Federal regulators have dished out plenty of lemons over the years, burdening trucking companies with time-consuming and expensive regulations. With the Sanitary Transportation of Human and Animal Food (STF) rule taking effect last month, carriers have yet another opportunity to merely comply with the regulations or to make lemonade.
Carriers who see opportunity in the new rule will leverage their food safety data to provide shippers with value-added service. By aggregating and sharing data about the status and location of each trailer load of food products, carriers can help food retailers and restaurants market their products as fresh, fresher or freshest—or whatever superlative they choose.
According to Brian Larwig, General Manager and Vice President for Optimization at TMW Systems, this is where carriers able to squeeze more from their transportation management data will gain an advantage by providing shippers with new and more valuable services.
“Fleets that use food transportation data as a selling tool are the ones finding opportunities in these sorts of federal regulations,” Larwig said.
The right trucking software can summarize a fleet’s service track record—on-time deliveries, temperature compliance overall and temperature compliance for specific products or categories of products hauled. That functionality will also support carriers’ own efforts to market themselves as leaders in food transportation.
Industry observers say STF turned out to be less restrictive than expected. One school of thought is that the rule applies to more than just the shippers; there is a hand-off responsibility for brokers. With FSMA’s seven foundational rules, STF affects shippers, carriers, brokers and receivers. The other belief is that the rule squarely puts responsibility for the safe transportation of food with shippers. But it does not prescribe methods, systems or routines to be used or followed by shippers or carriers. Those details and processes must be developed by shippers and executed by carriers.
Shippers create a written agreement with carriers detailing a number of items, including:
- Trailer temperatures based on type of food
- Trailer sanitation
- Types of packaging permissible in previous loads
- Training for drivers and others involved in food transportation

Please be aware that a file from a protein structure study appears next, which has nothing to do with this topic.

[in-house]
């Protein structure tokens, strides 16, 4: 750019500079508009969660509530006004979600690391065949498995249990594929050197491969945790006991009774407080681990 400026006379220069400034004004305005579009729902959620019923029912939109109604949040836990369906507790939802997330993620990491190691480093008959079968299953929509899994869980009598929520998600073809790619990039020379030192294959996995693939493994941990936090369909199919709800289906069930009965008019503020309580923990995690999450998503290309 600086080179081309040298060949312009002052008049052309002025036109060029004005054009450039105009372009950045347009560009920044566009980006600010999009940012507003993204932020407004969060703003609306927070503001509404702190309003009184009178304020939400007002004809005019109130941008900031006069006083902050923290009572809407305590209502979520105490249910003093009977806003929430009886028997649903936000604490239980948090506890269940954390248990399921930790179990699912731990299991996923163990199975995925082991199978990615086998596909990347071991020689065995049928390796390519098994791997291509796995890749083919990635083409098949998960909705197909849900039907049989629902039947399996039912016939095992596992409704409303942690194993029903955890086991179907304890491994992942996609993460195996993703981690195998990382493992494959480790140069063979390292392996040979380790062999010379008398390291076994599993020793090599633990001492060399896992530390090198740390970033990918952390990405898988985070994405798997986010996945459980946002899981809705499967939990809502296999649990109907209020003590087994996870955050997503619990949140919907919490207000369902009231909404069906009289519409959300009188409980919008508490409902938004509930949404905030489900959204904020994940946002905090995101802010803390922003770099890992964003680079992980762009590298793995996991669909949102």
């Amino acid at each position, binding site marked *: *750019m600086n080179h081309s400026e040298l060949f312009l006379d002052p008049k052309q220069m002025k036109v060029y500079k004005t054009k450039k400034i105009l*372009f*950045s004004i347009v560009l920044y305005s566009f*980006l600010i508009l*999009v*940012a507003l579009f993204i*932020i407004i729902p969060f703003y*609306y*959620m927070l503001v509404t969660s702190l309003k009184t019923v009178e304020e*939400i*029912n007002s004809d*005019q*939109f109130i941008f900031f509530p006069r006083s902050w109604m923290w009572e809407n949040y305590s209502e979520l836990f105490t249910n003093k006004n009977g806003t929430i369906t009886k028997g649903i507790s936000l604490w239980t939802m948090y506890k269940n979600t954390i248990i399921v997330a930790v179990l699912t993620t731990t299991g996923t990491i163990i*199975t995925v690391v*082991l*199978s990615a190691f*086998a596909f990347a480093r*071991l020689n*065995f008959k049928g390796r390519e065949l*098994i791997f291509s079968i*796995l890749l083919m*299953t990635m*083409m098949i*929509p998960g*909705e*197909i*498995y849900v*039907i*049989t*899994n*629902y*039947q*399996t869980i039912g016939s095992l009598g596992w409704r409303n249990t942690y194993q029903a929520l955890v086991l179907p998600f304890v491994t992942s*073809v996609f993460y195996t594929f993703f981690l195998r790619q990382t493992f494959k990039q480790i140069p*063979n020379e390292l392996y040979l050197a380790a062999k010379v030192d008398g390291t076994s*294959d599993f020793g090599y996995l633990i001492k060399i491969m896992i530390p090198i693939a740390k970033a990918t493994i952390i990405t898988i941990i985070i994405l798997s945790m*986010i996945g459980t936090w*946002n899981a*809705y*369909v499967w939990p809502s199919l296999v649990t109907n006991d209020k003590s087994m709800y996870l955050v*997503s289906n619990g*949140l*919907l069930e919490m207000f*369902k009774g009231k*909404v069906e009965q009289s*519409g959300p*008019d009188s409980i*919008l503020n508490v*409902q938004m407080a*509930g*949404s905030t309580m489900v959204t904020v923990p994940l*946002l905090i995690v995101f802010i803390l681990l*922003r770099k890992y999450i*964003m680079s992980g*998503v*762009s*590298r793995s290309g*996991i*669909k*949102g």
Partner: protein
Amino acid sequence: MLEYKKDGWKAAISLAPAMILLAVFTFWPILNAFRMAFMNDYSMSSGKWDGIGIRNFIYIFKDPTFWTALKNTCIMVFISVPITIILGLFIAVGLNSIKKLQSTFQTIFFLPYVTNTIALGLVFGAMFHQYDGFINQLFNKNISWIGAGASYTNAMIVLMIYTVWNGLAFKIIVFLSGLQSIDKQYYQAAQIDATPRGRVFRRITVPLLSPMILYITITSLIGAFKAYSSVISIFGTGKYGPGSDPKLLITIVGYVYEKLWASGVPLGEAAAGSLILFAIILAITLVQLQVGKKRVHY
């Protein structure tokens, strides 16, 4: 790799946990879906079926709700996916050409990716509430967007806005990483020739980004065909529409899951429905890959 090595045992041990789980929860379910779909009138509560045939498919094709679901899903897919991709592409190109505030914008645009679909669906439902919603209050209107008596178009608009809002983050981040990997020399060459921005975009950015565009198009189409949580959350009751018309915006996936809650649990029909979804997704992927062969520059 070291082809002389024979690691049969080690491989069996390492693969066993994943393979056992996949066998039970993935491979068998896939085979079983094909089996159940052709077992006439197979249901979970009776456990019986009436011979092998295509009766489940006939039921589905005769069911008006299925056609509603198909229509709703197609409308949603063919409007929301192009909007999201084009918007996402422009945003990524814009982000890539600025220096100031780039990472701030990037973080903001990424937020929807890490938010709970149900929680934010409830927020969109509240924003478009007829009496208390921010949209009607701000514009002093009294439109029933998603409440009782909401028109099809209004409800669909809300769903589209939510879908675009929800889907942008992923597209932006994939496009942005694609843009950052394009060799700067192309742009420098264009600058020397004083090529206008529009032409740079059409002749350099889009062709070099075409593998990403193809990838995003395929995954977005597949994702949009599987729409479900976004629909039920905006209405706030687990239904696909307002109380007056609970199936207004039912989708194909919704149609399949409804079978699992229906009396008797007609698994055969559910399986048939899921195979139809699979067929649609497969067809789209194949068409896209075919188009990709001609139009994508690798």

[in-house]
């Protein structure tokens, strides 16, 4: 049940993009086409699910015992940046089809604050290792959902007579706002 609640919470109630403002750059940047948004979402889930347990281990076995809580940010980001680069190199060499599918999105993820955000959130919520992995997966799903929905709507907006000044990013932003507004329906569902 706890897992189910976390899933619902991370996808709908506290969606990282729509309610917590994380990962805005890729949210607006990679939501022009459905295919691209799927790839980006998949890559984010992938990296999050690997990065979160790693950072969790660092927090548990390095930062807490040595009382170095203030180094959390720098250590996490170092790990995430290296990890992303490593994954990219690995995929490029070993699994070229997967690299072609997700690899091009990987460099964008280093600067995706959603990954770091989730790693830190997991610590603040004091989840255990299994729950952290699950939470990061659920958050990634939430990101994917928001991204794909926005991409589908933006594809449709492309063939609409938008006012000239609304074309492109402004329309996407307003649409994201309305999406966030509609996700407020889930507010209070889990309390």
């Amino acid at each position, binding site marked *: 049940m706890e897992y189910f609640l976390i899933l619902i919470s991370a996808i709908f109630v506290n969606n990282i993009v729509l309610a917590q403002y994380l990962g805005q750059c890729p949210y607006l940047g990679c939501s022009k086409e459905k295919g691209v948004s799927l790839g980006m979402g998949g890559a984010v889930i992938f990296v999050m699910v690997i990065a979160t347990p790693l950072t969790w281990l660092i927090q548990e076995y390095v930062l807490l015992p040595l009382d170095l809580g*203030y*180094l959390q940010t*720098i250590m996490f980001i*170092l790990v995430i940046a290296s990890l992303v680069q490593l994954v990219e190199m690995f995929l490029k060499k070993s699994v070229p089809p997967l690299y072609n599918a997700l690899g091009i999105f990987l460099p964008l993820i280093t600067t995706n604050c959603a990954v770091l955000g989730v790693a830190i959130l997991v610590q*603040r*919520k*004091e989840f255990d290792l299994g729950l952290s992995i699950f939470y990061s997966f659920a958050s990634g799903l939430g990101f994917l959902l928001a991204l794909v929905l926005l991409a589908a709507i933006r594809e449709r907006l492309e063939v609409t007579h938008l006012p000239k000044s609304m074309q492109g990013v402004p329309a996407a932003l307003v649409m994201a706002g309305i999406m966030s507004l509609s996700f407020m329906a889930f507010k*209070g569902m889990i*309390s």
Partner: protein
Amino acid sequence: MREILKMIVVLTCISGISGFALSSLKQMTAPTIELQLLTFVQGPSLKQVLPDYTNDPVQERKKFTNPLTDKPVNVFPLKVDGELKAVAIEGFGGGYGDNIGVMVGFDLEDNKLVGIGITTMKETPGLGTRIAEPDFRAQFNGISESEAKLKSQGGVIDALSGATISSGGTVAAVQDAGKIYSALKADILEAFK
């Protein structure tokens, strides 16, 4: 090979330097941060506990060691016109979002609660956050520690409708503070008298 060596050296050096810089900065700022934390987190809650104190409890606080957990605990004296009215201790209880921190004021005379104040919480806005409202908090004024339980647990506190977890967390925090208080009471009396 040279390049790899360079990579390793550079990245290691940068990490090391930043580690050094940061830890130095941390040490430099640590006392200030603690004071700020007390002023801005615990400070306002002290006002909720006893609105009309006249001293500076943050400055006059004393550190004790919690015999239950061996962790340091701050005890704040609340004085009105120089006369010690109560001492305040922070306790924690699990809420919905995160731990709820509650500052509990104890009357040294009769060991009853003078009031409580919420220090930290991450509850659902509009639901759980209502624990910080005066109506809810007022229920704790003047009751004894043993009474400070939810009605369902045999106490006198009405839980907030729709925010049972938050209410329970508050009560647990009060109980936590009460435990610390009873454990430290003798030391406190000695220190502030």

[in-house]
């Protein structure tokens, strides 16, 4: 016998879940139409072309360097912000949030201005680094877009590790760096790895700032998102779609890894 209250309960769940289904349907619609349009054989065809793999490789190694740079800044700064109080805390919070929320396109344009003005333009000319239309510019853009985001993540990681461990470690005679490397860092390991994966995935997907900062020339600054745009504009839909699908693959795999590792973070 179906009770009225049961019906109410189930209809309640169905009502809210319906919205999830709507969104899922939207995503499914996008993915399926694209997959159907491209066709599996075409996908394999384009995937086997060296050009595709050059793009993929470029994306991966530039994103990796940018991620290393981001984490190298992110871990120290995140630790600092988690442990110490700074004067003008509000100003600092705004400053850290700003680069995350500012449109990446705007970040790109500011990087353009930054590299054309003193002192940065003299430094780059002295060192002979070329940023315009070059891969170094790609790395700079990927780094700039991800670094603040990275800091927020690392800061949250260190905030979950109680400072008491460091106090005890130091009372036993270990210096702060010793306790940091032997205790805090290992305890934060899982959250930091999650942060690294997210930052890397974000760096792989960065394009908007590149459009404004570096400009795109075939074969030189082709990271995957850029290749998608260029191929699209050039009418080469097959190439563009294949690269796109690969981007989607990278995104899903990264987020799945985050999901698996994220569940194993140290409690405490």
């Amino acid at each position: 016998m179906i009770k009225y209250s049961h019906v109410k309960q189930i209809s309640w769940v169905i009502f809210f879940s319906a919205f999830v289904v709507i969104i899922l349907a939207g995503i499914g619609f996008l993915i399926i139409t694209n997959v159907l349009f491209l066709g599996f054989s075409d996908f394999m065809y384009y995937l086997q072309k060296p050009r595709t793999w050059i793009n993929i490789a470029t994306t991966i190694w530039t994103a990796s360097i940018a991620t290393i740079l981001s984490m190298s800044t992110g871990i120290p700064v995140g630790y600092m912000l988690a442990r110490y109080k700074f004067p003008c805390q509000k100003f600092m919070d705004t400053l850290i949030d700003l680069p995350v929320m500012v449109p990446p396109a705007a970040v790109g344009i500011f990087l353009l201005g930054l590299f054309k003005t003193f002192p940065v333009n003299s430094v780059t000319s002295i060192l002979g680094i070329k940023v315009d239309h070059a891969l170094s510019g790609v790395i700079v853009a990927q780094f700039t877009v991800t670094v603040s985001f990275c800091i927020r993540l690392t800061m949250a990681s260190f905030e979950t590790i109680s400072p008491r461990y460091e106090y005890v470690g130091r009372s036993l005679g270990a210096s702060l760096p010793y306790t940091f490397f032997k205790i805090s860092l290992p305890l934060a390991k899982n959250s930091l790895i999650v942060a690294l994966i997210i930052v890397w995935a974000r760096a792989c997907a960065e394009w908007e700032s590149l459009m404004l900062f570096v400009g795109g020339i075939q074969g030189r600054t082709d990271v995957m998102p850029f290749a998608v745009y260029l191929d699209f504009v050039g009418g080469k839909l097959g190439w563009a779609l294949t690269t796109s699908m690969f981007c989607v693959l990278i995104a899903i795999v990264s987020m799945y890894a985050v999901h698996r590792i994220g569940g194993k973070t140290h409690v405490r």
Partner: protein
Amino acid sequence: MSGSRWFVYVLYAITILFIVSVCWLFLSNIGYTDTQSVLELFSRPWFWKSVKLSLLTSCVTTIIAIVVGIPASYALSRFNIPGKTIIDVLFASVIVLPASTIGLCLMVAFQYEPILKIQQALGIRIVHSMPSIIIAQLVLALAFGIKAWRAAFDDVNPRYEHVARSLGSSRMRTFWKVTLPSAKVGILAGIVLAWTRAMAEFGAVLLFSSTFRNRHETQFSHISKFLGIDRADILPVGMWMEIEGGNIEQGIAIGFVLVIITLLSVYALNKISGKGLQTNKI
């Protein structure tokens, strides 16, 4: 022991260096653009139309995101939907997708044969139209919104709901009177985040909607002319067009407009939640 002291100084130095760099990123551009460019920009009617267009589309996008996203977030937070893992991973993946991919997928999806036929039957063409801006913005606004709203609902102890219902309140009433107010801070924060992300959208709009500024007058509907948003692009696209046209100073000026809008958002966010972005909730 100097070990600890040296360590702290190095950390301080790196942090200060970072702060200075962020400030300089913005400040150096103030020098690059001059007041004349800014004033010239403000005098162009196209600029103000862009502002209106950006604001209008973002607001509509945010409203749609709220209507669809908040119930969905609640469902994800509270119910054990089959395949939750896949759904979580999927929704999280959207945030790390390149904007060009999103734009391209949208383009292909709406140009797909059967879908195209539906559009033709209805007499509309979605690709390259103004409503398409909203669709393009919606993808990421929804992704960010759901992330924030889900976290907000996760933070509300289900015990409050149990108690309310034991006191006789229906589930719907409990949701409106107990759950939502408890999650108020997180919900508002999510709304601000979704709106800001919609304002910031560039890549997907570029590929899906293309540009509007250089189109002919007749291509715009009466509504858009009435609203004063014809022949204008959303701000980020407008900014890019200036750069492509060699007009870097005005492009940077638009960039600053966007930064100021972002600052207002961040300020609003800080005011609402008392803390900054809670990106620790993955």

While STF actually took a number of years to be created and approved, the new rule is being implemented at a time when Americans seek fresher ingredients in the foods they buy when cooking at home and the meals they consume when dining out.
Food retailers and restaurants are catering to these desires with efforts dubbed Field to Table, Farm to Table, Farm to Fork and the like. This focus by the food service industry makes shippers receptive to fleets that can show a proven track record of complying with the STF.
National restaurant company Panera Bread sees the opportunity to leverage its transportation system to provide data that help it track shipments in order to provide food that meets customer expectations. According to Andy Correll, Senior National Transportation Manager, “quicker to table is healthier and better for our customers.”
Correll said the St. Louis, MO-based company delivers products to its restaurants seven days a week. “We probably have the freshest produce in the industry.”
“We use all fresh products,” Correll explained, “and we bring them as quickly as possible from field to table. It’s critical to understand temperature tracking, beginning with the field all the way through to our restaurants.”
Fleets equipped with transportation management software can manage the host of variables involved in the supply chain. “The software offers various ways to report data when a load is delivered as well as after the fact.”
At delivery, fleets with a transportation management system that interfaces with on-vehicle communications can provide data on the shipment right from the truck. If there’s no mobile communications interface, the fleet’s office staff can forward it to the receiver.